TBI’s forward thinkers: Synchronicity Films’ Claire Mundell & Submarine’s Femke Wolting

Claire Mundell and Femke Wolting

Claire Mundell, Creative director, Synchronicity Films

What aspect of the drama business gives you most cause for concern as you look ahead to 2020?
I’m most concerned by the battle for writers. With so much opportunity it is a veritable gold rush for good writers, but with the increasing market consolidation there is a lot of blanket “buying up” of talent from the SVODS, and even the terrestrials. This is a challenge for indie companies but, at the same time, I still passionately believe that with the pairing of a savvy, passionate producer and a writer whose skill they champion, we can still cut through and find those distinctive voices which audiences around the world crave, and make projects which will deliver for commissioners.

And what excites you the most about the next 12 months?
The massive opportunity for quality drama. There has never been a better time develop and make drama – the bar just keeps getting higher, which encourages us all to push boundaries and make our best work. That invitation to excel excites me hugely.

Synchronicity Films’ The Cry

What change in the scripted business during 2019 most surprised you?
The surprise for me has been in the emergence of short-form as a format the market is really up for, but then any trip on public transport will demonstrate how hungry people are for content and stories to lift them out of their everyday lives and provide escapism. This is perhaps also a reflection and response to the oversupply of long-form content in the market.

What has been the most overlooked aspect of the scripted business of the past few years, and how will this affect your part of the business in 2020?
In the rush for high-end and high price content, from a commercial perspective, the appeal of long-running, modest cost drama has perhaps been overlooked. The right story can be compelling if conceived in a way that is conducive to more challenging budgets, and if the concept is commercial and international enough it can offer strong upside, without having to repay huge deficit advances first. Diverse voices are also still overlooked, as are those mid-level writers who are ready to break through.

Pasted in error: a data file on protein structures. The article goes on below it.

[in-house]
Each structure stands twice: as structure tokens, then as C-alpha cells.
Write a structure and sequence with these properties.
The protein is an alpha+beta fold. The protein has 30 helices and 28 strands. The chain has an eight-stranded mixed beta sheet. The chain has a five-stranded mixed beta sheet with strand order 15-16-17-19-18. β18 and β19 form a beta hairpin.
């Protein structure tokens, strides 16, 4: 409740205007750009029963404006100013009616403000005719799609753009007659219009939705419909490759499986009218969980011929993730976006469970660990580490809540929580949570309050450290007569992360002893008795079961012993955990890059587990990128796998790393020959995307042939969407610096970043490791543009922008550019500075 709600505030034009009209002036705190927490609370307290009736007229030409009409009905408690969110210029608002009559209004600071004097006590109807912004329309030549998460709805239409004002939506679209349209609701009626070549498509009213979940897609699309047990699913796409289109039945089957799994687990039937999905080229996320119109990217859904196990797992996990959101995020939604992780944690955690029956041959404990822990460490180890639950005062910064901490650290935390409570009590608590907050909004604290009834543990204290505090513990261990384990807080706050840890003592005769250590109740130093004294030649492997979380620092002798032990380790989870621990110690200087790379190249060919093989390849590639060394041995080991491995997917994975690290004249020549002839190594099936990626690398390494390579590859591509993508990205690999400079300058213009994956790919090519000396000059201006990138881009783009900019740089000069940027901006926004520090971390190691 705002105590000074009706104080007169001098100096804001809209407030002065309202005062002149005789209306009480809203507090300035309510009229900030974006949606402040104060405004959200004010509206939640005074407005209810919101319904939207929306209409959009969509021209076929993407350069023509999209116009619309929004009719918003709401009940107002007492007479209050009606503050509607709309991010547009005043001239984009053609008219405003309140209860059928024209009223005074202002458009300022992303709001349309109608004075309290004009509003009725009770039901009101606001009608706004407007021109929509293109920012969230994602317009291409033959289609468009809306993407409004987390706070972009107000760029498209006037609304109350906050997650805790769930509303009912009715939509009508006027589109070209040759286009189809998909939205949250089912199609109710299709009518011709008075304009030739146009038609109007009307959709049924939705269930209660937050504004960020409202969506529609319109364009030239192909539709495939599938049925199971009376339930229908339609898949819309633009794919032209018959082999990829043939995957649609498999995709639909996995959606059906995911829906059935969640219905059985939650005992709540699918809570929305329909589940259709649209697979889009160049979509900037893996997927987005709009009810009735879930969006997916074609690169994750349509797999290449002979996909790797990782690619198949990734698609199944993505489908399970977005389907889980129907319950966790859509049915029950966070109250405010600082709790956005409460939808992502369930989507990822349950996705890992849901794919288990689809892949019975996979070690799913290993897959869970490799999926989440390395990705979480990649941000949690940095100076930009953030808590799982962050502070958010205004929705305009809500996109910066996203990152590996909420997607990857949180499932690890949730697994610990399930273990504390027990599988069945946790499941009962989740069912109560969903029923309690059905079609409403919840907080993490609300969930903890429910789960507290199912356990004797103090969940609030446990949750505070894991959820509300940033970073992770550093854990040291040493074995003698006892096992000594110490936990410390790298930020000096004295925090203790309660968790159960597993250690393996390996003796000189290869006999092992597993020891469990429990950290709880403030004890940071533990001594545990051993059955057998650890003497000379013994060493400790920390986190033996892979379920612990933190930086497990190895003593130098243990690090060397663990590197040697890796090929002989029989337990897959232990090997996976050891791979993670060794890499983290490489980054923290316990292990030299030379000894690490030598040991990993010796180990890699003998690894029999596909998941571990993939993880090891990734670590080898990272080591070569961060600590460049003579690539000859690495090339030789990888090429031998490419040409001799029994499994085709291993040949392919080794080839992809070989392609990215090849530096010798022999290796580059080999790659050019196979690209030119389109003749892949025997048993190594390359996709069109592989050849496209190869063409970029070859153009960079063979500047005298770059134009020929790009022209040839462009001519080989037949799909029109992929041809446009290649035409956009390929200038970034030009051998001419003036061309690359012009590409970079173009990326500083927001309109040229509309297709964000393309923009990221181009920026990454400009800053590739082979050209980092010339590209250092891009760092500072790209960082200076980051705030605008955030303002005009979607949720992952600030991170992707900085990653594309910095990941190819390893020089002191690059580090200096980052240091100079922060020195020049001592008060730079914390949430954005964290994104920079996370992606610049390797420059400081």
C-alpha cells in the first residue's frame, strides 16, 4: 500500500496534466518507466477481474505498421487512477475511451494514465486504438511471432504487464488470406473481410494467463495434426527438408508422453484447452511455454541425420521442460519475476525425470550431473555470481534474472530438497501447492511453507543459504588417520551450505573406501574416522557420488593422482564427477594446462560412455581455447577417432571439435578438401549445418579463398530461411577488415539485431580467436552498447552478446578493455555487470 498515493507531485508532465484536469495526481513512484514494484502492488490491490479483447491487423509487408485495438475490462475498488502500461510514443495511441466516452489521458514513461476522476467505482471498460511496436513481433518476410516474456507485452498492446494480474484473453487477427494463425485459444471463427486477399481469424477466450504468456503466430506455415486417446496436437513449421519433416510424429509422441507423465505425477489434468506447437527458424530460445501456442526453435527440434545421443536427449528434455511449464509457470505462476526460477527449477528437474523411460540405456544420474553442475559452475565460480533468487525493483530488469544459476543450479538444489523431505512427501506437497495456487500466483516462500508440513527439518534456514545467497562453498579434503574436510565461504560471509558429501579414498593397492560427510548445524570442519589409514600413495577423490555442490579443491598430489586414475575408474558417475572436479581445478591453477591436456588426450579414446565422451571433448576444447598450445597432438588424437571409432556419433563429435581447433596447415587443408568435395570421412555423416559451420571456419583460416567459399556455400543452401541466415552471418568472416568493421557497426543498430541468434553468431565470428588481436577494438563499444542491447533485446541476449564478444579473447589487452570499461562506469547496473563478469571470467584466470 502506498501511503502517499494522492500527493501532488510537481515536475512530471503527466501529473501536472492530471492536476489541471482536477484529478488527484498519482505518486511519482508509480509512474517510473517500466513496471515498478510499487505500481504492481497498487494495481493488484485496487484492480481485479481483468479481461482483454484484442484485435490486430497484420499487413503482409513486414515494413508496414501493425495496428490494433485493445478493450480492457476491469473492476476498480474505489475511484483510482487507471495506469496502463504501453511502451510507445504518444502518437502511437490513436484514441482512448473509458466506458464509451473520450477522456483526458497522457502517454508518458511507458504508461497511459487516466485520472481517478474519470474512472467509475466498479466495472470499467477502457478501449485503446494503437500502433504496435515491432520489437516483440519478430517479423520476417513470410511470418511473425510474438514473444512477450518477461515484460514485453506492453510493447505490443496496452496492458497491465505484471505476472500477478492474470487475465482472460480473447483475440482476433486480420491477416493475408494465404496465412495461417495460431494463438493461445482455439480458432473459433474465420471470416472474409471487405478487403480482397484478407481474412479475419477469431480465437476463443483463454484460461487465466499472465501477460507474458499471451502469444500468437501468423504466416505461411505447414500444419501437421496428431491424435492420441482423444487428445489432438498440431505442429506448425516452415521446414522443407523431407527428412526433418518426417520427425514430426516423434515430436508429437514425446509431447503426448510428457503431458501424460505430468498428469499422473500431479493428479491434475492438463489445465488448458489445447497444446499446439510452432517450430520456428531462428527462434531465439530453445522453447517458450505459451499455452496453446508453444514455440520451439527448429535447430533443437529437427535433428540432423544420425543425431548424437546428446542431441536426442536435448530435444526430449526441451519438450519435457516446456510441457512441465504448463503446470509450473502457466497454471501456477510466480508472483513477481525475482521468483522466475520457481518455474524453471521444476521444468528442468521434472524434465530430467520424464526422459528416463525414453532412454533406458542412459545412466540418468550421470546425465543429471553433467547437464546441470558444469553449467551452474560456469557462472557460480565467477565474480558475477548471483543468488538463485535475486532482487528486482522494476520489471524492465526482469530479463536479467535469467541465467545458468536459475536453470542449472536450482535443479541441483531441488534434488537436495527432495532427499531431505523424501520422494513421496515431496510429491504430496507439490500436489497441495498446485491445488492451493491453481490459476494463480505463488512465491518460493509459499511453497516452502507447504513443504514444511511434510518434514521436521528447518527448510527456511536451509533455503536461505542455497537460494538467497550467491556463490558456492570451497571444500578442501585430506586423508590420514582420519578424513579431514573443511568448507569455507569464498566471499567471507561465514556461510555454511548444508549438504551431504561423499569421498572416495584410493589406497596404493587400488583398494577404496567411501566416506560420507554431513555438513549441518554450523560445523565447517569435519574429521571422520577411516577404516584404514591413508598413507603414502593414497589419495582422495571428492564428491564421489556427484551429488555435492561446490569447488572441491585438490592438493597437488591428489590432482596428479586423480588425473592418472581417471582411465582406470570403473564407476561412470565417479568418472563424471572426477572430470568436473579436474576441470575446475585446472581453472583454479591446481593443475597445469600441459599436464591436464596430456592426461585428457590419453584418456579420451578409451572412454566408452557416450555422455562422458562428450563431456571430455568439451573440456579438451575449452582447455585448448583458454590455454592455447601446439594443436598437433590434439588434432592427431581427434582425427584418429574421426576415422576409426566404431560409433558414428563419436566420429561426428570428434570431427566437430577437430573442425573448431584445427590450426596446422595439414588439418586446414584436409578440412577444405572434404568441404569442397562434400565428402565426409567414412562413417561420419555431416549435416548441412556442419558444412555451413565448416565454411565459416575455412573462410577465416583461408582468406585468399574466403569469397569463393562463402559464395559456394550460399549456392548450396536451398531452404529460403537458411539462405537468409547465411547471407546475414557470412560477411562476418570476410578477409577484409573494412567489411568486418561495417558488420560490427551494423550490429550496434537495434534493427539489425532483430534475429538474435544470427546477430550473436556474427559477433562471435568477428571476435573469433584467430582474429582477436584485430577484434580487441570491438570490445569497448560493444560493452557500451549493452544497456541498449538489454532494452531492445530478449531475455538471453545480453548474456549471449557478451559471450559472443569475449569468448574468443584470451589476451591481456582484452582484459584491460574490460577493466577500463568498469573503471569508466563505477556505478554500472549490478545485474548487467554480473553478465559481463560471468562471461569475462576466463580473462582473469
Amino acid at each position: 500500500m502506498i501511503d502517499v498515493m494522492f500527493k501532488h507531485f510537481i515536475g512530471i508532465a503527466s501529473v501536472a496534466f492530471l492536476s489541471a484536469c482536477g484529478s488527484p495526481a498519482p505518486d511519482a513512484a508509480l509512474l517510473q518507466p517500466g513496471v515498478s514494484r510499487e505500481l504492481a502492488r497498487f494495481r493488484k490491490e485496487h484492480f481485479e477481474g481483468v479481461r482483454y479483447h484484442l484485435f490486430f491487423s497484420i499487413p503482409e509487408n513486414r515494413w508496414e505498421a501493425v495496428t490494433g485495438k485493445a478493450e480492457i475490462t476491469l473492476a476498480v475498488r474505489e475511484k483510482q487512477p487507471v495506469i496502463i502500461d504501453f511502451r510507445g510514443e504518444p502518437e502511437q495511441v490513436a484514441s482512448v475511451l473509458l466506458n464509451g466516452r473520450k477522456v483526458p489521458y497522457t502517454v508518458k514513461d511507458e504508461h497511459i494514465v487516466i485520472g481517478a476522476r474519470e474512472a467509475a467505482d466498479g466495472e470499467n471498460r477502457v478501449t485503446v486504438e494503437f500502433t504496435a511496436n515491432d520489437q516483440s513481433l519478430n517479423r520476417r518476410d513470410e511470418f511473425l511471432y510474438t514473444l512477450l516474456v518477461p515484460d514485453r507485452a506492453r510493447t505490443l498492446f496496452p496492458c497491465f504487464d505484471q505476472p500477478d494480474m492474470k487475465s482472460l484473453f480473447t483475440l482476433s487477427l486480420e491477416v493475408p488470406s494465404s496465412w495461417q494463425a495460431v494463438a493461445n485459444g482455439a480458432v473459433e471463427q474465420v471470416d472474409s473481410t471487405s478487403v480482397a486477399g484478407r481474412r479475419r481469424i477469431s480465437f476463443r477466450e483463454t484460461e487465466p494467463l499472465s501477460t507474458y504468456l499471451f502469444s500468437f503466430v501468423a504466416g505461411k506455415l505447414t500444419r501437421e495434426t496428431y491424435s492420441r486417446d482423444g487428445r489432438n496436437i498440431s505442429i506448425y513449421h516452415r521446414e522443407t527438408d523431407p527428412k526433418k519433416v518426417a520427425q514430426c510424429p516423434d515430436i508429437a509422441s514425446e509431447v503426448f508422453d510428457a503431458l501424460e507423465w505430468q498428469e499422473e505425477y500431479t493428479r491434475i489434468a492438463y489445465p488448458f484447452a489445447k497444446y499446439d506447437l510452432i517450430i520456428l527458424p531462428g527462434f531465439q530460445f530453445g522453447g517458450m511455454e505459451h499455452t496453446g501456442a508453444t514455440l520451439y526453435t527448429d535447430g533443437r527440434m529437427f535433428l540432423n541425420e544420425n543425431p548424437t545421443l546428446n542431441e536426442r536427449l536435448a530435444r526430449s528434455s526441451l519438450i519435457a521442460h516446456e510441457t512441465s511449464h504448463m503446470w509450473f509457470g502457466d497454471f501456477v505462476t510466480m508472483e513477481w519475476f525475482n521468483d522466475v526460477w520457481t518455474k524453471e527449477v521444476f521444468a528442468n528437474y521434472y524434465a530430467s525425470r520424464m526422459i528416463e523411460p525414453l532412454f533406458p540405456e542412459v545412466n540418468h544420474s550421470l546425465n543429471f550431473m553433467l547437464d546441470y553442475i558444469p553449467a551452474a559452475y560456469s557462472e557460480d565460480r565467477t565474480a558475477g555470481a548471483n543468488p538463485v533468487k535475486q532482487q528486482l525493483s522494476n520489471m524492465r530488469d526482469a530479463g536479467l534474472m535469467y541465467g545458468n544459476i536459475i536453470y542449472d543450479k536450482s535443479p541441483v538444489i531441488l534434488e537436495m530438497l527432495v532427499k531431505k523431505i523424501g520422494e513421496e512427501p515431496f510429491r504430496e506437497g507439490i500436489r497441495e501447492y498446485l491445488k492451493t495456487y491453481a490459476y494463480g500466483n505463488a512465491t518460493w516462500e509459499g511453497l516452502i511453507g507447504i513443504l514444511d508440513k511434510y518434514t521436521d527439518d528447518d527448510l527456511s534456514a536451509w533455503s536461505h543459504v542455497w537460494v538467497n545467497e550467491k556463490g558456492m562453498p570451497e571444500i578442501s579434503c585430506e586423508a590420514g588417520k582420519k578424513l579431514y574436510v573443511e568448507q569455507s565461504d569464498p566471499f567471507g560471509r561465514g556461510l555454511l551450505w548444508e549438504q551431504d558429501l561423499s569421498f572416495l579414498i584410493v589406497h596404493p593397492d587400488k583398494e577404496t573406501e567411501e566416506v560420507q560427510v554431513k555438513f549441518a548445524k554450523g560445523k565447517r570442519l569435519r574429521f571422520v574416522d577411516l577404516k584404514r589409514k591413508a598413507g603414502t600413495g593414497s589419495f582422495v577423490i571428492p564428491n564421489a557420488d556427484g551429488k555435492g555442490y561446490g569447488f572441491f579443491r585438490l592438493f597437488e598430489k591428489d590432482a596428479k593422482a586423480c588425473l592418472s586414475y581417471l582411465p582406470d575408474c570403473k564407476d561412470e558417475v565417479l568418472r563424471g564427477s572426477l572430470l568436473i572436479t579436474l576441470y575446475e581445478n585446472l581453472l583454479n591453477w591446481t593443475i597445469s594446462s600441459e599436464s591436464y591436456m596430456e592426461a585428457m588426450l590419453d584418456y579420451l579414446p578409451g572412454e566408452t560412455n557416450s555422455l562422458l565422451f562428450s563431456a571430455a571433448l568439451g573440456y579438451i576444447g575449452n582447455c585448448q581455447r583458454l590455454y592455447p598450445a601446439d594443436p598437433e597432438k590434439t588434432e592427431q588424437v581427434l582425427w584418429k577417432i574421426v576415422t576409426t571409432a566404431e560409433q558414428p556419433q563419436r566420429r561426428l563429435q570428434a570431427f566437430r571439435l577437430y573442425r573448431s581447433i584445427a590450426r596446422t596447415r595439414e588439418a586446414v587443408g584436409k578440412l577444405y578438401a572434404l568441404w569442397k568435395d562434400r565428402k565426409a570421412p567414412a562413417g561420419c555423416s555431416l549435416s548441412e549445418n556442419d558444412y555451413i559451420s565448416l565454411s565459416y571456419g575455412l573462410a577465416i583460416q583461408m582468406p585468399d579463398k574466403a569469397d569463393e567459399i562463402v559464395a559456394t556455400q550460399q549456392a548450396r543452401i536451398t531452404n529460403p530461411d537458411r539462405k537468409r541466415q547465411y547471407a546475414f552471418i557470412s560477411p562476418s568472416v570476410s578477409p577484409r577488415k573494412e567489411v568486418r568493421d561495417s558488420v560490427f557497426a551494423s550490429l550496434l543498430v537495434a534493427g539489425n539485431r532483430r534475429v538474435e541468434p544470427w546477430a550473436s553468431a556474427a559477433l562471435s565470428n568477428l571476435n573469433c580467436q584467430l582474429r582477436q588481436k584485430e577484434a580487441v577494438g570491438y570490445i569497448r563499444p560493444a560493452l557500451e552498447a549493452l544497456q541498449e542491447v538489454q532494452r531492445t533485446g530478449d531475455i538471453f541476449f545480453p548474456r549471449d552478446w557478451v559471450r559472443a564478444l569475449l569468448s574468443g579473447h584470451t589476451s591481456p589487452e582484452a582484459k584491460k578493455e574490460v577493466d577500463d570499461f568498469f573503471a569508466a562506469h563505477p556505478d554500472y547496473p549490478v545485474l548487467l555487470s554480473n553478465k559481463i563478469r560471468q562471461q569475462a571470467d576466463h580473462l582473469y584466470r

Femke Wolting, Co-founder and managing director, Submarine

2020 looks set to be a watershed year for short-form. How will this part of the content business look in a year’s time?
Short-form has great potential as a medium both in and of itself and also as a way to pilot bigger ideas or create a proving ground for longer form series at a reasonable budget level. I don’t think that this will meaningfully impact the appetite for more full-length television content though. It has a place alongside it in the content eco-system as opposed to a replacement for it. There is a push for short-form as a way to capture younger audiences and I think it will continue to grow – it’s also easier to take a risk on new voices through a short-form project so it’s a great platform in that sense for new talent.

How do you predict the commissioning behaviour of streamers and broadcasters will change over the next 12 months?
There’s going to be intense competition with some of the incumbent dominant players like Netflix facing the clout and reach of platforms like Disney+ and Apple, which is creating an even bigger push for the most expensive, attention grabbing content. More and more smaller/mid-scale series will be left behind in this market. I’m curious to see whether traditional broadcasters will be able to step up and create a meaningful alternative for producers by offering higher license fees or by collaborating with a number of public broadcasters.

Submarine’s Undone

What will be the biggest challenge for producers during 2020?
Getting series made with the budget levels that are currently being discussed and once you do, actually getting them seen by audiences. There is such a volume of programming vying for consumers at any one time that it’s imperative to have marketing and publicity campaigns and talent support to raise the profile of your work and ensure it isn’t overlooked on release. On the one hand streamers offer enormous potential and a push for creativity, but it’s important to maintain a diverse range of outlets and for us not to become completely dependent on them. We don’t want everyone to just become line producers for streaming giants.

How important are distributors to your current business and how will that change over the course of the next 12 months?
Their role has definitely changed: they are coming in earlier and supporting projects in different ways. They also are a healthy part of creating partnerships globally to get shows made and our strategy is to work with everybody – combining distributor relationships with going directly to streamers in certain cases. Everyone is finding new ways to work together.

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